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11 Food Shows to Watch This Fall

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Bourdain, "Bob’s Burgers," "Baking Show," and more hit the airwaves this September.

Courtesy CNN

These days, pop-culture obsessives are quick to point out that the ongoing "television renaissance" is actually happening on platforms like Netflix and Amazon, leaving primetime and even cable networks in the dust creatively. But when it comes to food-related television, something odd is happening. It’s the major networks (and notably, the Public Broadcasting Service) that are picking up the slack left by ostensibly food-focused cable channels, where food competitions judged by the same six-person line-up of celebrity chefs are in constant rotation. Quality food programming — both scripted and documentary — is flourishing in primetime.

Quality food programming — both scripted and documentary — is flourishing in primetime.

And this fall is no exception. PBSs Emmy Award-winning The Mind of a Chef returns for its fourth season with two new chefs — NYCs certified badass Gabrielle Hamilton and Californias mercurial David Kinch — and Hamiltons eight-episode set promises cameos from the likes of Bourdain, Boulud, and Batali. North Carolinas Vivian Howard brings the third season of her confessional, Peabody Award-winning PBS show A Chef’s Life, which offers a rare earnest glimpse into Southern cooking. The most uplifting, least-catty cooking competition on TV (MasterChef Junior) is on Fox, the network thats still making millions of dollars off Gordon Ramsays madcap, shouty persona. And two of primetimes most upbeat, family-friendly sitcoms just happen to have a food angle: Foxs Emmy-winning Bob’s Burgers brings its sixth season of hijinks with the animated Belcher family, while ABCs Fresh Off the Boat follows the semi-fictionalized Huang family as they run an Orlando steakhouse. (Thats chef/rabble-rouser Eddie Huangs semi-fictionalized family, of course.)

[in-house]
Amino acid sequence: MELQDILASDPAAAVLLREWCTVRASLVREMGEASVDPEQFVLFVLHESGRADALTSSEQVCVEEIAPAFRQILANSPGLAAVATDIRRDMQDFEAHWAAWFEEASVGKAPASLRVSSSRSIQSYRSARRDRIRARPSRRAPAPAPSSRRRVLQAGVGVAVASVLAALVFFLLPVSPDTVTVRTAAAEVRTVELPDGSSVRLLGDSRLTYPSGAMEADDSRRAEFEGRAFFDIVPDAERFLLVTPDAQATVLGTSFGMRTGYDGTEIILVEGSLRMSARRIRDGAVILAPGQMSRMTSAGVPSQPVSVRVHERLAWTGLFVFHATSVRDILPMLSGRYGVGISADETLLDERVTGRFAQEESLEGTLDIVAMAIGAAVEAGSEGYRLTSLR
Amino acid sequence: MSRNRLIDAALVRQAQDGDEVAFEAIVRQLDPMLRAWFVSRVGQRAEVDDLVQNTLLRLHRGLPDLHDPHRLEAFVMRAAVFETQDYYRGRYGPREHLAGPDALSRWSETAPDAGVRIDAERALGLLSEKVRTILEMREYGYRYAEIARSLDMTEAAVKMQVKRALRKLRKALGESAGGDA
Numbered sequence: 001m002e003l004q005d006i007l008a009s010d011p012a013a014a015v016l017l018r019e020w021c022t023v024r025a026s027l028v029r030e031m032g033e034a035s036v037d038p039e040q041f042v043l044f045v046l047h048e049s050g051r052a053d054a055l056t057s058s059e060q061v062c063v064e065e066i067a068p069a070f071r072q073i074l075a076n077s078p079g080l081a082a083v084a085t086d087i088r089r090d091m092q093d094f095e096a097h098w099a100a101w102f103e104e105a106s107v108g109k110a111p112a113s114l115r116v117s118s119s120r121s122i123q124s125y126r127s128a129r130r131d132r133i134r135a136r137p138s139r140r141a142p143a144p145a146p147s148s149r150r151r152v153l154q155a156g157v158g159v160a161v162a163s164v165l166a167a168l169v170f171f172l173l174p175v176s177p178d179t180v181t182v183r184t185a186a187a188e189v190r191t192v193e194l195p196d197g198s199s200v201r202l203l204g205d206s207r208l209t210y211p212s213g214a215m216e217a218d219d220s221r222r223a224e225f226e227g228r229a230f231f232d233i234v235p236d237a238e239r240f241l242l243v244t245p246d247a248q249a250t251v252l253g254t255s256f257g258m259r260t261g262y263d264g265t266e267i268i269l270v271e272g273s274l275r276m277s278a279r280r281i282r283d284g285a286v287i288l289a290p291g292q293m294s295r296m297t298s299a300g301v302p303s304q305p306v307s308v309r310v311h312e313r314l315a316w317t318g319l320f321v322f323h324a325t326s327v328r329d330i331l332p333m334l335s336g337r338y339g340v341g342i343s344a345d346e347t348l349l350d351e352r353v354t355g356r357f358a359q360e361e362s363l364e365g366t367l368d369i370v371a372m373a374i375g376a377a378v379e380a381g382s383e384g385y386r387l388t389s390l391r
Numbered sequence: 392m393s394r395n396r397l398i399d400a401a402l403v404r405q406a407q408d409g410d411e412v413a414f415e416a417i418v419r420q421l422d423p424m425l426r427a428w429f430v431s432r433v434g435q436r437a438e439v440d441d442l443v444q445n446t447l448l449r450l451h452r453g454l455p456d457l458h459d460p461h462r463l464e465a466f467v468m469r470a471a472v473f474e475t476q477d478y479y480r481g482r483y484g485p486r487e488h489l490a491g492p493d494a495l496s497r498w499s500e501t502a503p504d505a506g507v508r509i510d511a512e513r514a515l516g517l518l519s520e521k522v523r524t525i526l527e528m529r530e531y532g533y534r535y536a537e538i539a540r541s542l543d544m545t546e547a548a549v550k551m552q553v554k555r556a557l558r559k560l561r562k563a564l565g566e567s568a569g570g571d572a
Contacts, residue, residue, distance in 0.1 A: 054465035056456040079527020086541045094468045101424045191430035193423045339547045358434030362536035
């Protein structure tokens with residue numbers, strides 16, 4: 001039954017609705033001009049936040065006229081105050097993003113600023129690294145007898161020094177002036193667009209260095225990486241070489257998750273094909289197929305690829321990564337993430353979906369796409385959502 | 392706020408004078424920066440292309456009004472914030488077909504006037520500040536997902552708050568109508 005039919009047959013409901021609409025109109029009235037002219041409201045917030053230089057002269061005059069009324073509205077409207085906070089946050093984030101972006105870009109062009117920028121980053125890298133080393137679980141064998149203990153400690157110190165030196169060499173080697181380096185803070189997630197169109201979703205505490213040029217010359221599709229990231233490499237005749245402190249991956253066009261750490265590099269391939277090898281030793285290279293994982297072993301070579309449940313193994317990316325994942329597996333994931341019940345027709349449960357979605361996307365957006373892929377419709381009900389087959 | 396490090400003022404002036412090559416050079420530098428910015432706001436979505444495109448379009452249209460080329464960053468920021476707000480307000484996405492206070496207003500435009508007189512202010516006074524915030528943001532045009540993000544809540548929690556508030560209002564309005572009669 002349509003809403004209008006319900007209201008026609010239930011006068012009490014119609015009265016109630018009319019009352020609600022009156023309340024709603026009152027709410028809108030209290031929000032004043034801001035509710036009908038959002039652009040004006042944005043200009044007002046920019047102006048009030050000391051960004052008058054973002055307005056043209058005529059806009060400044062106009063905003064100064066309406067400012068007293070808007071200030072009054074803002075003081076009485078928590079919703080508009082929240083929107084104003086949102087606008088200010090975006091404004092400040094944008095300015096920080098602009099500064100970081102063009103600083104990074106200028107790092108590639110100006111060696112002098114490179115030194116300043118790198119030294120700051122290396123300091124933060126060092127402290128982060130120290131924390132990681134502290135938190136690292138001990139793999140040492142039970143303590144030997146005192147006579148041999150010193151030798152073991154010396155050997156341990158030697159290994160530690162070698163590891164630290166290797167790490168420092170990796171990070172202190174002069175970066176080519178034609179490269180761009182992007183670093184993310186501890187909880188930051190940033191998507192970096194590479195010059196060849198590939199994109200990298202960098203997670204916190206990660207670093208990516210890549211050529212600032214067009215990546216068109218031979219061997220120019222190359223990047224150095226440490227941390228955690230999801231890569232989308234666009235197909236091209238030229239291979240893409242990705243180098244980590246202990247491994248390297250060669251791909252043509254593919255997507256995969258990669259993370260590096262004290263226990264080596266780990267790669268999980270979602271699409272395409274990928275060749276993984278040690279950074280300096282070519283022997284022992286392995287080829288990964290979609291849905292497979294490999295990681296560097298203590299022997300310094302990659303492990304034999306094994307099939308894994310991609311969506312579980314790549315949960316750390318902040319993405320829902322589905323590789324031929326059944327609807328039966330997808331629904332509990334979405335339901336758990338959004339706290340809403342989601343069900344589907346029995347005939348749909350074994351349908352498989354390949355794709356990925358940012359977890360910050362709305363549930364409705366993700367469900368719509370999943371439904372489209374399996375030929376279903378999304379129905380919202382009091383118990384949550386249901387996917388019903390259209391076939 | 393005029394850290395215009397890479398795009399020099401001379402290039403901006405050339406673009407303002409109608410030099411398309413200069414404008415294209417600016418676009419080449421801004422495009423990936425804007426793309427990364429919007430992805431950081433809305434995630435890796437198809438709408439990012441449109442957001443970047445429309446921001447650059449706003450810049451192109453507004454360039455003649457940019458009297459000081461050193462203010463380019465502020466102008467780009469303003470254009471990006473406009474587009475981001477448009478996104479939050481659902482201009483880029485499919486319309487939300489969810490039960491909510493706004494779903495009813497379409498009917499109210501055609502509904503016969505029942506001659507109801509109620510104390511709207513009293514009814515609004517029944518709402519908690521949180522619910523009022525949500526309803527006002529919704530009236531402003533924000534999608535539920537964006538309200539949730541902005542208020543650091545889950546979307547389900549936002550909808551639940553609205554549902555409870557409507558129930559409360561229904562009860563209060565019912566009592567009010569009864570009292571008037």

But of course, food-TV's biggest gun — hero-to-millennials Anthony Bourdain — is still holding down the fort at CNN, with the sixth season of his travelogue Parts Unknown slated for a late September debut. Here now, a look at what to watch this fall on food TV:

A Chef’s Life with Vivian Howard (PBS)

Premieres September 3
North Carolina chef Vivian Howard returns to PBS with her critically acclaimed, confessional show A Chef’s Life, which reveals the realities behind running two restaurants in Kinston, NC (population: 21,000). As in previous seasons, the show combines documentary-style footage of Howard and her family alongside cooking demonstrations that introduce the region’s colorful characters. According to Eater restaurant critic Bill Addison, Howard’s restaurant the Chef and the Farmer is "the ideal respite after a day spent visiting the area’s barbecue icons"; here’s an inside look at its inner soul. | All A Chef's Life Coverage

Image credit: Rex Miller

The Mind of a Chef (PBS)

Premieres September 5
After a third season that split time between Louisville (with chef Edward Lee) and Sweden (with Magnus Nilsson of Faviken), the critically acclaimed series The Mind of a Chef returns with two stateside chefs queued up for season four, each representing a different coast and its cooking philosophy. In the first half of the season, New York City’s Gabrielle Hamilton takes viewers everywhere from her beloved restaurant Prune to locales in Italy. In the second half of the season, the "mind" at work is that of Manresa chef David Kinch, who welcomes viewers to his California approach. If past seasons are any indication, expect a variety of storytelling methods — from "confessional-style" narration to cooking demonstrations to fun, visual animations — as MoaC gets metaphysical. | All Mind of a Chef Coverage

Image credit: Courtesy PBS

Moveable Feast with Fine Cooking (PBS)

Premieres September 5 
This collaboration between Boston public broadcasting and Fine Cooking magazine returns for its third season, with chefs like David Kinch (Manresa), Ludo Lefebvre (Petit Trois), and Michelle Bernstein (Michy’s in Miami) joining host Pete Evans to collaborate on "pop-up events," aka meals. In season three, Evans will travel to Alaska, Hawaii, Texas, and the South, plating complete feasts around dishes like grilled king salmon, Kahaluu roast pork, wood-fired roast duck, and, in Austin, goat carnitas. | All Fine Cooking Coverage

Image credit: Michael Mori

The Great British Baking Show (PBS)

Premieres September 6
While America’s cooking competitions throw mystery ingredients, unnecessary obstacles, and a screaming Gordon Ramsay at its contestants, the UK’s Great British Bake Off — repackaged stateside into The Great British Baking Show — keeps things delightfully simple. In lieu of manufactured drama, competing bakers tackle cake, biscuit, crumble, and other alarmingly straightforward challenges, baking under a white tent that travels to different towns throughout the UK. Bonus points for judges’ use of delightful British colloquialisms like "scrummy" (apparently, slang that combines "scrumptious" and "yummy"). As like last year’s broadcast, the Baking Show hits American airwaves a few weeks after it does in the UK, so watch out for spoilers. | All The Great British Baking Show Coverage